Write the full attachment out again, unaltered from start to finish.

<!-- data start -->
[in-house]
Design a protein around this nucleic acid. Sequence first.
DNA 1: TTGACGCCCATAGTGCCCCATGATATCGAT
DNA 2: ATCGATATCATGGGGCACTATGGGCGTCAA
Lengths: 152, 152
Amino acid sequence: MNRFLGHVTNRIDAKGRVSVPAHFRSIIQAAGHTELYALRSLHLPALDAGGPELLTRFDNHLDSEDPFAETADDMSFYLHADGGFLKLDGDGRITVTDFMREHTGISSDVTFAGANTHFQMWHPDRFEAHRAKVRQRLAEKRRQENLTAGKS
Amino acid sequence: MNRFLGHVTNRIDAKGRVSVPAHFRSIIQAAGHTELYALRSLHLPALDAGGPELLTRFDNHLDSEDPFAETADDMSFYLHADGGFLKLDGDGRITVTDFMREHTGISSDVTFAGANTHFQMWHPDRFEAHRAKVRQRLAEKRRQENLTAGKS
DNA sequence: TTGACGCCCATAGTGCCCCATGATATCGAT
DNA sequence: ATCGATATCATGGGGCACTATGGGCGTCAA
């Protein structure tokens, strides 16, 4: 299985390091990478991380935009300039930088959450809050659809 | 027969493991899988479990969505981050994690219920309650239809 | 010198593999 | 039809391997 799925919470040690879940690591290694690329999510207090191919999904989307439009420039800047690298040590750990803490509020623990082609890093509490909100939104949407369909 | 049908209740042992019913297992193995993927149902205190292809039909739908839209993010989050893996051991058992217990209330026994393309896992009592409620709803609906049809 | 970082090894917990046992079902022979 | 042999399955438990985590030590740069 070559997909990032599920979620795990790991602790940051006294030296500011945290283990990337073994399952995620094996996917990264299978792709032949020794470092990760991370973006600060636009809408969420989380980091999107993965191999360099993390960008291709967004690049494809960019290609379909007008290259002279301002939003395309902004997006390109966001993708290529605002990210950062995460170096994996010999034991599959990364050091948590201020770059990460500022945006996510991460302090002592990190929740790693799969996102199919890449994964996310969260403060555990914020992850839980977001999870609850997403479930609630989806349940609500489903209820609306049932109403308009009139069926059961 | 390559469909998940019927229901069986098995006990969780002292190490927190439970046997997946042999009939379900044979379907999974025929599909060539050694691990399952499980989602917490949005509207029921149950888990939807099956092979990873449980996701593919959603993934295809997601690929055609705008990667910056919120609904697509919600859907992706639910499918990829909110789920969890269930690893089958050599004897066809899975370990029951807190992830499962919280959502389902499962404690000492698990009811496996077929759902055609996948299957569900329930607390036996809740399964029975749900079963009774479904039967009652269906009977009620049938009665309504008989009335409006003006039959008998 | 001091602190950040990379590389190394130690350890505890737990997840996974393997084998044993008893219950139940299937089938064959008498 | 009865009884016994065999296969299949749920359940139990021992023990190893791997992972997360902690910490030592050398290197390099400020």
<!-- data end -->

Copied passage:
[in-house]
Design a protein around this nucleic acid. Sequence first.
DNA 1: TTGACGCCCATAGTGCCCCATGATATCGAT
DNA 2: ATCGATATCATGGGGCACTATGGGCGTCAA
Lengths: 152, 152
Amino acid sequence: MNRFLGHVTNRIDAKGRVSVPAHFRSIIQAAGHTELYALRSLHLPALDAGGPELLTRFDNHLDSEDPFAETADDMSFYLHADGGFLKLDGDGRITVTDFMREHTGISSDVTFAGANTHFQMWHPDRFEAHRAKVRQRLAEKRRQENLTAGKS
Amino acid sequence: MNRFLGHVTNRIDAKGRVSVPAHFRSIIQAAGHTELYALRSLHLPALDAGGPELLTRFDNHLDSEDPFAETADDMSFYLHADGGFLKLDGDGRITVTDFMREHTGISSDVTFAGANTHFQMWHPDRFEAHRAKVRQRLAEKRRQENLTAGKS
DNA sequence: TTGACGCCCATAGTGCCCCATGATATCGAT
DNA sequence: ATCGATATCATGGGGCACTATGGGCGTCAA
């Protein structure tokens, strides 16, 4: 299985390091990478991380935009300039930088959450809050659809 | 027969493991899988479990969505981050994690219920309650239809 | 010198593999 | 039809391997 799925919470040690879940690591290694690329999510207090191919999904989307439009420039800047690298040590750990803490509020623990082609890093509490909100939104949407369909 | 049908209740042992019913297992193995993927149902205190292809039909739908839209993010989050893996051991058992217990209330026994393309896992009592409620709803609906049809 | 970082090894917990046992079902022979 | 042999399955438990985590030590740069 070559997909990032599920979620795990790991602790940051006294030296500011945290283990990337073994399952995620094996996917990264299978792709032949020794470092990760991370973006600060636009809408969420989380980091999107993965191999360099993390960008291709967004690049494809960019290609379909007008290259002279301002939003395309902004997006390109966001993708290529605002990210950062995460170096994996010999034991599959990364050091948590201020770059990460500022945006996510991460302090002592990190929740790693799969996102199919890449994964996310969260403060555990914020992850839980977001999870609850997403479930609630989806349940609500489903209820609306049932109403308009009139069926059961 | 390559469909998940019927229901069986098995006990969780002292190490927190439970046997997946042999009939379900044979379907999974025929599909060539050694691990399952499980989602917490949005509207029921149950888990939807099956092979990873449980996701593919959603993934295809997601690929055609705008990667910056919120609904697509919600859907992706639910499918990829909110789920969890269930690893089958050599004897066809899975370990029951807190992830499962919280959502389902499962404690000492698990009811496996077929759902055609996948299957569900329930607390036996809740399964029975749900079963009774479904039967009652269906009977009620049938009665309504008989009335409006003006039959008998 | 001091602190950040990379590389190394130690350890505890737990997840996974393997084998044993008893219950139940299937089938064959008498 | 009865009884016994065999296969299949749920359940139990021992023990190893791997992972997360902690910490030592050398290197390099400020």